Q. What are your expectations from Teknopark Istanbul?
A. We primarily aim to gain high-tech capabilities in chosen sectors: aviation and space, defense industry, maritime, energy, advanced electronics, advanced equipment (nano and micro), industrial software and health industries. We are hoping to create powerful technology transfer between the industry and universities. This is a $2 billion investment. In 15 years, nearly 1,000 companies and 30,000 experts will create $6 billion to $7 billion in advanced technology business annually. The first research and development [R&D] building has been completed.
Q. Turkey has moved from an off-the-shelf buyer to program partner. What will be its future role?
A. We have come a long way from co-production and production under [foreign] license to local design and indigenous solutions. Direct acquisitions from foreign suppliers have dropped to less than 15 percent based on contract price. We plan in the next decade to move toward commercial off-the-shelf usage and layered project partnership systems, like the F-35 program that involves foreign partners for subsystems to be locally developed. We will also encourage, in some cases with [governmental] partnership, companies that will target friendly country markets and boost defense and aviation exports.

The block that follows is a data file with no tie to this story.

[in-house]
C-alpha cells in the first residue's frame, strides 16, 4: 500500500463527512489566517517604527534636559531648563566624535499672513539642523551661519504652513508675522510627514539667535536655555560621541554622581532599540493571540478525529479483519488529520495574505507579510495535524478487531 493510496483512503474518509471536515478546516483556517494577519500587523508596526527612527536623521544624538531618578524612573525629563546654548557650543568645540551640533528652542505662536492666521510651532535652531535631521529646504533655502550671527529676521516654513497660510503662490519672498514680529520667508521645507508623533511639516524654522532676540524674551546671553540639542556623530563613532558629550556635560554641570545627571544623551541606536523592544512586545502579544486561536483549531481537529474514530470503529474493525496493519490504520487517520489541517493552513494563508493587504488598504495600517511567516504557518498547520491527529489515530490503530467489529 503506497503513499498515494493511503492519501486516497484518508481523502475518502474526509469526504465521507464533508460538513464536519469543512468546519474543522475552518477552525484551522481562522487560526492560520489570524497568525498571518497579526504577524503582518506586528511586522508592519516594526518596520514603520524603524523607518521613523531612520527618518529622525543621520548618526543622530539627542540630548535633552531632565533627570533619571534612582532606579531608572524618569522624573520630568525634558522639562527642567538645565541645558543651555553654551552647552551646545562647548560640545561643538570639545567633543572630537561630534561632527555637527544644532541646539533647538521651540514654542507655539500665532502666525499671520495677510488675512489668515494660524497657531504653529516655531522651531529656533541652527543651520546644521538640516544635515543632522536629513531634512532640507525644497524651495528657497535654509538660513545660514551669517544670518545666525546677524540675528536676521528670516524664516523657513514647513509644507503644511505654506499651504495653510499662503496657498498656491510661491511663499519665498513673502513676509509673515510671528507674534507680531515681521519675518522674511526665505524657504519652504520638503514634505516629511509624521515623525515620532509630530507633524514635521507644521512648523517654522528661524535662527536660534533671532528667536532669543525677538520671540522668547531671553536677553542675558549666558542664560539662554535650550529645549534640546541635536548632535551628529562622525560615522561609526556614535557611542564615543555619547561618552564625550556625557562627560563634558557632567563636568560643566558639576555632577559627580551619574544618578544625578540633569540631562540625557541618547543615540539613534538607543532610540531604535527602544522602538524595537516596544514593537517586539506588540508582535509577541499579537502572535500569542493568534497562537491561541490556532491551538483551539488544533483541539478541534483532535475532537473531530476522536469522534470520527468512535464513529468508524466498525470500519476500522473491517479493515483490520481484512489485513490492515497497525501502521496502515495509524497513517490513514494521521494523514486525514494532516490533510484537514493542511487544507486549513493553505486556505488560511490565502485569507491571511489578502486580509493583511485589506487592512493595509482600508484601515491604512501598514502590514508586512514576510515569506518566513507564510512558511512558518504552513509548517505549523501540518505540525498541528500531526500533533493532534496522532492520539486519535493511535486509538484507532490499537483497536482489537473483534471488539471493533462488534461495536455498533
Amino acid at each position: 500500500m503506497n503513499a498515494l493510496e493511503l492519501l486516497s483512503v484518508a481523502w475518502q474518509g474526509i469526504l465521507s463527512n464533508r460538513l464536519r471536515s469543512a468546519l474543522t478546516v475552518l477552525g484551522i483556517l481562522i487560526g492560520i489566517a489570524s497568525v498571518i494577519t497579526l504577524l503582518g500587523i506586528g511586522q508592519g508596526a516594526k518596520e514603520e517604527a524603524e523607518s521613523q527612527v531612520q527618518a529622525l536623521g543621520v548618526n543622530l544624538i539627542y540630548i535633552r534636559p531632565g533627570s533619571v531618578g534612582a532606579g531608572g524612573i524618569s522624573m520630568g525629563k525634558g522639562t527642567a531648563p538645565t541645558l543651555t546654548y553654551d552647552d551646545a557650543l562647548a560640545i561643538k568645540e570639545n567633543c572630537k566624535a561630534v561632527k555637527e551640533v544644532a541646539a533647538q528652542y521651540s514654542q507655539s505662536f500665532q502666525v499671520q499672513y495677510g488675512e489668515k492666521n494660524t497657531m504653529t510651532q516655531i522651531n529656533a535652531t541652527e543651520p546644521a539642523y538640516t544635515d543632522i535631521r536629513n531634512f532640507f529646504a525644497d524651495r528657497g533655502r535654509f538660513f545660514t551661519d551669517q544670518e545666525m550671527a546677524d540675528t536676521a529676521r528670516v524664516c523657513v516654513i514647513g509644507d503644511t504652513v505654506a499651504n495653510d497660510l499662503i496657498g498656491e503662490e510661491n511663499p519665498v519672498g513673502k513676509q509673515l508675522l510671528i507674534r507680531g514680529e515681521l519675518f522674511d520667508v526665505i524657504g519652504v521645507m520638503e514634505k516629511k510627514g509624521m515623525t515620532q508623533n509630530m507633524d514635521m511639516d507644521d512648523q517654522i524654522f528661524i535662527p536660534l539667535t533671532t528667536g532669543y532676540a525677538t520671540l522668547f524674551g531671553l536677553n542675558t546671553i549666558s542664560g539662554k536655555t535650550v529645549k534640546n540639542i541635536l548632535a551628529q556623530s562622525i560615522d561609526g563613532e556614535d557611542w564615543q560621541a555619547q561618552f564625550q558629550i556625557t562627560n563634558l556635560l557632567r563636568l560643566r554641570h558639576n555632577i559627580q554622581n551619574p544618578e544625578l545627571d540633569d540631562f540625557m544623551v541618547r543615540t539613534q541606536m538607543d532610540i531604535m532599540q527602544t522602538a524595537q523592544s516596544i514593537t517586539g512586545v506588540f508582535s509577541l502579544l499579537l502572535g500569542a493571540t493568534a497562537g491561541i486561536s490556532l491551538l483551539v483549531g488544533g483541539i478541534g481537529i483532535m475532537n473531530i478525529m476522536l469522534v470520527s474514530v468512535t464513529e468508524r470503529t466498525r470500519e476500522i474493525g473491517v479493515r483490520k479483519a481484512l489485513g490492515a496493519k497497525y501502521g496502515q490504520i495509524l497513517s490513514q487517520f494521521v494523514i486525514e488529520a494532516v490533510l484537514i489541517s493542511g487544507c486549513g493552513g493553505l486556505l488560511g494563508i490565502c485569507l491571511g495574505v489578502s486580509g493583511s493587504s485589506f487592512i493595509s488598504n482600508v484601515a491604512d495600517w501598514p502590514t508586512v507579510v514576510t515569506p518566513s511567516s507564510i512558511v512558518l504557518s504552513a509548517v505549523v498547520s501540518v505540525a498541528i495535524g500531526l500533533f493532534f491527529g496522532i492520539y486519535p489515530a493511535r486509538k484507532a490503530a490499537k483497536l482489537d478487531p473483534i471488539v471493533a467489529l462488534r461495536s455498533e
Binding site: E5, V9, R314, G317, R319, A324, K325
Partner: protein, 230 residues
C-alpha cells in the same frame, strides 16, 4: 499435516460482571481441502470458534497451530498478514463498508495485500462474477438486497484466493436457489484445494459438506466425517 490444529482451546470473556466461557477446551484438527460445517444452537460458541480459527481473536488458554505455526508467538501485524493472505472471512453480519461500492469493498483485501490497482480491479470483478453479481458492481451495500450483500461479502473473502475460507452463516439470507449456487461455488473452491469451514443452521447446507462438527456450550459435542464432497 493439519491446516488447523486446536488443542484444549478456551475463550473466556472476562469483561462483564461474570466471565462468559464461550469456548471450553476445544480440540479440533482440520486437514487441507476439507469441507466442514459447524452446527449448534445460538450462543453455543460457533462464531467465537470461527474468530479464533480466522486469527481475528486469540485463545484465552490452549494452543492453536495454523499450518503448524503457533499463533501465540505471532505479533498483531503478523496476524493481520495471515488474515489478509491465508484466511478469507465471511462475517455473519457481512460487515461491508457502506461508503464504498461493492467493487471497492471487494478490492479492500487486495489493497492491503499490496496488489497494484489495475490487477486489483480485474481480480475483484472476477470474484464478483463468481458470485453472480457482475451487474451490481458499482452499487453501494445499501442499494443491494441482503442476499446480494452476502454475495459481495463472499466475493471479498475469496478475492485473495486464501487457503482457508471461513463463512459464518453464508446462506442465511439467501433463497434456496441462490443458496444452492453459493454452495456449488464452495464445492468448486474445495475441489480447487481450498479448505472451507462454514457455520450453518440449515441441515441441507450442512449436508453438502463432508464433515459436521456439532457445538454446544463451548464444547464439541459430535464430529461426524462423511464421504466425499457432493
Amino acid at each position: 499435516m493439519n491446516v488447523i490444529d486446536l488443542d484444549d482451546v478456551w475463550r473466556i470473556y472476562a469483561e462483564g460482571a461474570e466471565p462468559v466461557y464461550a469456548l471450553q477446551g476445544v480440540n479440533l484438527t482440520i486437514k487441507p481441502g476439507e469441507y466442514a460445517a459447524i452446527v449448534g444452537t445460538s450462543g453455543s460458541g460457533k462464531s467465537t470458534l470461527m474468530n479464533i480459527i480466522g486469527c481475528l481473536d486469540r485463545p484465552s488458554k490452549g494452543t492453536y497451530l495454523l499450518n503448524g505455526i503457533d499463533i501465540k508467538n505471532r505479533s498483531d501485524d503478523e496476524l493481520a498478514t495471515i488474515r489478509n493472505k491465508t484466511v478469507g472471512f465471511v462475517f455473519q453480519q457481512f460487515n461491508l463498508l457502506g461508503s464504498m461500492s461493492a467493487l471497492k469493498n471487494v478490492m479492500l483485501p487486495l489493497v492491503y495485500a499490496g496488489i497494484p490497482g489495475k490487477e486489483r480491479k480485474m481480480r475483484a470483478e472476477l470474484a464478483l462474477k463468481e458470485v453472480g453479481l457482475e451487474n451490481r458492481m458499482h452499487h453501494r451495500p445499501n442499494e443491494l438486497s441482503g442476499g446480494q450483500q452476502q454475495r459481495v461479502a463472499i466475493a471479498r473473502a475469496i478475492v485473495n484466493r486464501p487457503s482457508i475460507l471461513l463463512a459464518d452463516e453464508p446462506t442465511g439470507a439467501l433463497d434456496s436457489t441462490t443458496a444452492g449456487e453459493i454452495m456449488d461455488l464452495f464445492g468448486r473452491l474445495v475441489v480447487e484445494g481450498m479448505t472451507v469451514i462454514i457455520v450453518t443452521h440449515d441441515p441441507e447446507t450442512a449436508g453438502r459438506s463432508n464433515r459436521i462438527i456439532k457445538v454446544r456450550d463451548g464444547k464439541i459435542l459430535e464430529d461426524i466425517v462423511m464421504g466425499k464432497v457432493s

Q. What are the obstacles to a more innovative industry?
A. Companies targeting only the domestic market face the risk of elimination. Our companies with a vision to sustain competitiveness should reach high quality standards. In recent years, we have allocated substantial resources for indigenous design programs.
I cannot say that we have successfully supported this with major R&D programs. Developed countries allocate 5 [percent] to 15 percent of their defense budgets to R&D. Today, the Turkish industry can develop ships, tanks and other land vehicles, but we cannot talk about a serious level of system engineering and technology and product development. It is our strategic objective to develop strategies that will make the armed forces ready for future combat.